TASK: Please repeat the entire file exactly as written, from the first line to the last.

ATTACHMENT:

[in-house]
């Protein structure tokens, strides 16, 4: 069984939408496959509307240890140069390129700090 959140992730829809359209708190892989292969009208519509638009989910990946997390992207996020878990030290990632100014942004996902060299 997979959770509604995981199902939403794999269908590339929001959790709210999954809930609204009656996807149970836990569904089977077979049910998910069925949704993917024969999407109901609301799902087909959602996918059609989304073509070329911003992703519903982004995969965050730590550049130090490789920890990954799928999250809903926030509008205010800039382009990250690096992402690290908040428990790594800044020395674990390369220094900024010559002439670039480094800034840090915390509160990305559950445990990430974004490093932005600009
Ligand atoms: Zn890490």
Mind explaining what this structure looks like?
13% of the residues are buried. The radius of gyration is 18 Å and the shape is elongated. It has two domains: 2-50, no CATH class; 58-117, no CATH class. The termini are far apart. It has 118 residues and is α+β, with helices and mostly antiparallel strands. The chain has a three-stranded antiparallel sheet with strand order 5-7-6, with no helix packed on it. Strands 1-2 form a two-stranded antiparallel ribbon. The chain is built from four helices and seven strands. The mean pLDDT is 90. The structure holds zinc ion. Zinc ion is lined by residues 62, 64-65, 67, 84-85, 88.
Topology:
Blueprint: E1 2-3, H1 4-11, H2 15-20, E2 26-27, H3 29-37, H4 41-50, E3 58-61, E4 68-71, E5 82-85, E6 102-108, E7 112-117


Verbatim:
[in-house]
């Protein structure tokens, strides 16, 4: 069984939408496959509307240890140069390129700090 959140992730829809359209708190892989292969009208519509638009989910990946997390992207996020878990030290990632100014942004996902060299 997979959770509604995981199902939403794999269908590339929001959790709210999954809930609204009656996807149970836990569904089977077979049910998910069925949704993917024969999407109901609301799902087909959602996918059609989304073509070329911003992703519903982004995969965050730590550049130090490789920890990954799928999250809903926030509008205010800039382009990250690096992402690290908040428990790594800044020395674990390369220094900024010559002439670039480094800034840090915390509160990305559950445990990430974004490093932005600009
Ligand atoms: Zn890490």
Mind explaining what this structure looks like?
13% of the residues are buried. The radius of gyration is 18 Å and the shape is elongated. It has two domains: 2-50, no CATH class; 58-117, no CATH class. The termini are far apart. It has 118 residues and is α+β, with helices and mostly antiparallel strands. The chain has a three-stranded antiparallel sheet with strand order 5-7-6, with no helix packed on it. Strands 1-2 form a two-stranded antiparallel ribbon. The chain is built from four helices and seven strands. The mean pLDDT is 90. The structure holds zinc ion. Zinc ion is lined by residues 62, 64-65, 67, 84-85, 88.
Topology:
Blueprint: E1 2-3, H1 4-11, H2 15-20, E2 26-27, H3 29-37, H4 41-50, E3 58-61, E4 68-71, E5 82-85, E6 102-108, E7 112-117